A tumor’s histological subtype is a key factor in planning breast cancer therapy. Stratifying tumors by ER subtype, we found that E2F4 regulatory activity was significantly correlated with survival in patients with ER-positive tumors (P = 6e-12), but not in ER-negative ones (P > 0.1) (Figure 5A). Furthermore, an examination of E2F4 activity distribution in ER-positive versus ER-negative patients showed significantly lower levels of E2F4 activity in the ER-negative group (P = 3e-10, Wilcoxon rank-sum test) (Figure S1 in Additional file 3). A similar pattern was seen with progesterone receptor (PR) status, where E2F4 was significantly correlated with survival in PR-positive (P = 2e-5) but not PR-negative patients (P >0.1) (Figure 5B). Stratification by MYC expression found E2F4 iRASs to be significantly correlated in MYC-negative (P = 2e-4) but not MYC-positive (P = 0.1) patients (Figure 5C).

Figure 5
figure 5

Application of the E2F4 signature for predicting patient survival times in different histological subtypes. Note that E2F4 signature is effective in ER+ but not in ER- samples (A), in PR+ but not in PR- samples (B), and in low MYC but not in high MYC samples (C). ER, estrogen receptor; PR, progesterone receptor.

E2F4 iRASs correlate with the survival prognosis of intrinsic breast cancer subtypes

It has become increasingly understood that breast cancers segregate by gene expression into different intrinsic subtypes, with the assumption that cancers falling within the same subtype share a similar prognosis and suggested therapy method [51]. Several breast cancer subtypes have been identified, including luminal A, luminal B, HER2-enriched, basal-like, and normal-like cancers [47]. In a pooled analysis of the eight breast cancer datasets, a Kaplan-Meier plot of each sample classified into one of these intrinsic subtypes shows that subtypes have different survival prognoses (Figure 6A). Consistent with previous reports [47], the subtypes fall from good to poor prognosis in the order of luminal A, normal-like, basal-like, luminal B and HER2-enriched. Furthermore, the prognosis of these different molecular subtypes is strongly correlated with E2F4 iRAS: a high fraction of samples with positive E2F4 iRASs fall into the poor prognostic subtypes (HER2-enriched, luminal B and basal-like), whereas in good prognostic subtypes (luminal A and normal-like), the fraction of samples with a positive E2F4 iRAS is much lower (Figure 6B). These results indicate that the survival prognoses of different intrinsic subtypes can be at least partially reflected by the E2F4 regulatory program.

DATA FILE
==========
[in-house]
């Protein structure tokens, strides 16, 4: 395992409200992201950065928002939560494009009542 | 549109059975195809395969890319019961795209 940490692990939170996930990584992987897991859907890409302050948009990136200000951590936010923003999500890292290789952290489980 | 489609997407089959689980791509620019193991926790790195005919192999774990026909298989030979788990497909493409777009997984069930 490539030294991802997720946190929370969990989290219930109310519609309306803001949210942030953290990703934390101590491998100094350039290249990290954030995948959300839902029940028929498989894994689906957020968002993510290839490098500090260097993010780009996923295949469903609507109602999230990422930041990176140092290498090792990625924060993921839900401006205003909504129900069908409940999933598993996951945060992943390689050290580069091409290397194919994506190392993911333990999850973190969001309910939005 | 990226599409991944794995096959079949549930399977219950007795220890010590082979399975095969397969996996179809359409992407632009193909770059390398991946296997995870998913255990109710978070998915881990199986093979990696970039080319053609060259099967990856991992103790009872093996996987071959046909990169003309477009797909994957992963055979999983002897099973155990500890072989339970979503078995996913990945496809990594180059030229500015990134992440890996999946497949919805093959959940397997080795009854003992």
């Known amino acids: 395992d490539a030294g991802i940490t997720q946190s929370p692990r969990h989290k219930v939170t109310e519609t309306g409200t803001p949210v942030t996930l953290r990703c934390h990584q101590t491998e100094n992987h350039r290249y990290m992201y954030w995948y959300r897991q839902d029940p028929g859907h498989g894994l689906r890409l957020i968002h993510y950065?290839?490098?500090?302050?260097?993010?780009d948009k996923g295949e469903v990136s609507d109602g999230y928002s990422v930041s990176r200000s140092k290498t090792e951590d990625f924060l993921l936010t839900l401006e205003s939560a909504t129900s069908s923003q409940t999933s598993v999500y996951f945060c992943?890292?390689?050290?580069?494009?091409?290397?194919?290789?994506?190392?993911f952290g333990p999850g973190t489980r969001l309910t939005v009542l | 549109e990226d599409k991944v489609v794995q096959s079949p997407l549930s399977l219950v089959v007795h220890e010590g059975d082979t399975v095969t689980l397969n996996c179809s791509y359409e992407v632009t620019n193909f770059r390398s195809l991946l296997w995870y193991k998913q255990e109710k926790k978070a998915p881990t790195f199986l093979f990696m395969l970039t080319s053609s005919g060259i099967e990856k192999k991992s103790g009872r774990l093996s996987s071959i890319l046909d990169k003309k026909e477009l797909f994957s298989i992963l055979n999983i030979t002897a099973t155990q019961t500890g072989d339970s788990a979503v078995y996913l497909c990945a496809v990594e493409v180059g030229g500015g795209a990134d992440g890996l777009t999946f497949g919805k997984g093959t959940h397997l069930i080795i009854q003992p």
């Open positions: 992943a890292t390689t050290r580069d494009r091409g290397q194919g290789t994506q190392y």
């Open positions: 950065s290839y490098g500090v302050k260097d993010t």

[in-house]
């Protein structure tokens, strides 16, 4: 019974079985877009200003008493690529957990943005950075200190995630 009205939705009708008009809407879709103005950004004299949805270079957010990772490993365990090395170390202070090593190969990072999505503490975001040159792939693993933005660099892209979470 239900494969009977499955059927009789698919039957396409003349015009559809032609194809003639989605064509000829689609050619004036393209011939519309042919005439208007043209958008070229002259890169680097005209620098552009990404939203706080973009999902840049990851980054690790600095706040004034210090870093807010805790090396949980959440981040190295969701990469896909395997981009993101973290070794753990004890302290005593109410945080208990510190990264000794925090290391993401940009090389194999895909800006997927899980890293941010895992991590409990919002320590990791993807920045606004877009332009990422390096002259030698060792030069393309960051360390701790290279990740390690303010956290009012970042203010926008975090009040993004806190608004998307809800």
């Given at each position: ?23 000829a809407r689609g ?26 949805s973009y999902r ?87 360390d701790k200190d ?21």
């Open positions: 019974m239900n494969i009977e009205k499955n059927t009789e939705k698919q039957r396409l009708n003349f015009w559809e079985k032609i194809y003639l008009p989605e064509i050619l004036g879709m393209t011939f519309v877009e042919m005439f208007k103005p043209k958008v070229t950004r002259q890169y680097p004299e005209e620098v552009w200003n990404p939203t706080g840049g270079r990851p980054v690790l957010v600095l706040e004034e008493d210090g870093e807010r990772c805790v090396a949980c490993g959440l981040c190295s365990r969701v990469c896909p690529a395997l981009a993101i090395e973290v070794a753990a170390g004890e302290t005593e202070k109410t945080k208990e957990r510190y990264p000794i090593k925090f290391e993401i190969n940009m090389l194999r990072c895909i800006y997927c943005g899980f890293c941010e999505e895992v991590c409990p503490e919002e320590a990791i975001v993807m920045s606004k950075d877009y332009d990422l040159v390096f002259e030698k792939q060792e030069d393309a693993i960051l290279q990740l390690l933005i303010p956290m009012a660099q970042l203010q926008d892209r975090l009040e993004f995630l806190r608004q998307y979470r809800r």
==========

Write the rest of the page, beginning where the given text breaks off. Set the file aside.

Figure 6
figure 6

E2F4 scores in different molecular subtypes of breast cancer. (A) The survival curves of patients in five molecular subtypes. (B) The number of samples with positive (red) and negative (green) E2F4 iRASs in each molecular subtype. For the subtypes with relatively good prognosis, luminal A and normal-like, there is a high fraction of positive E2F4 iRAS samples, while the subtypes with relatively poor prognosis, HER2-enriched, luminal B and basal-like, have predominantly high fractions of negative E2F4 iRAS samples (A) compared to (B). iRASs, individual regulatory activity scores.

Application of E2F4 signature to other cancers

The predictive power of E2F4 iRASs for breast cancer survival and the correlation of this signature with cell cycle phase encouraged us to test the effectiveness of the E2F4 signature for patient survival prediction in other cancers. E2F4 iRASs were calculated for samples in bladder cancer [36], colon cancer [39], NSCLC [38], glioblastoma [37], AML [40], and Burkitt’s lymphoma [41] datasets and used in conjunction with the available survival data to generate Kaplan-Meier plots (Figure 7). E2F4 activity level significantly correlates with survival time in bladder cancer (P = 0.01) and glioblastoma (P = 0.007), but not in NSCLC, AML or Burkitt’s lymphoma (P >0.05). In colon cancer, although the survival curves for E2F4 iRAS >0 group and iRAS <0 groups are fairly separated, the statistical difference is only moderately significant (P = 0.04). In addition, the survival times of the two groups are opposite to what we observed in other cancer types. More detailed analyses - in datasets with larger number of samples and with controlling for other factors - should be carried out before we can conclude the significance of the E2F4 signature in non-breast cancer types.

Figure 7
figure 7

Application of the E2F4 signature for predicting patient survival times in six cancer types. In each cancer dataset, patients are stratified into a group with positive E2F4 activity and a group with negative E2F4 activity. The difference in their survival curves is calculated using the log-rank test.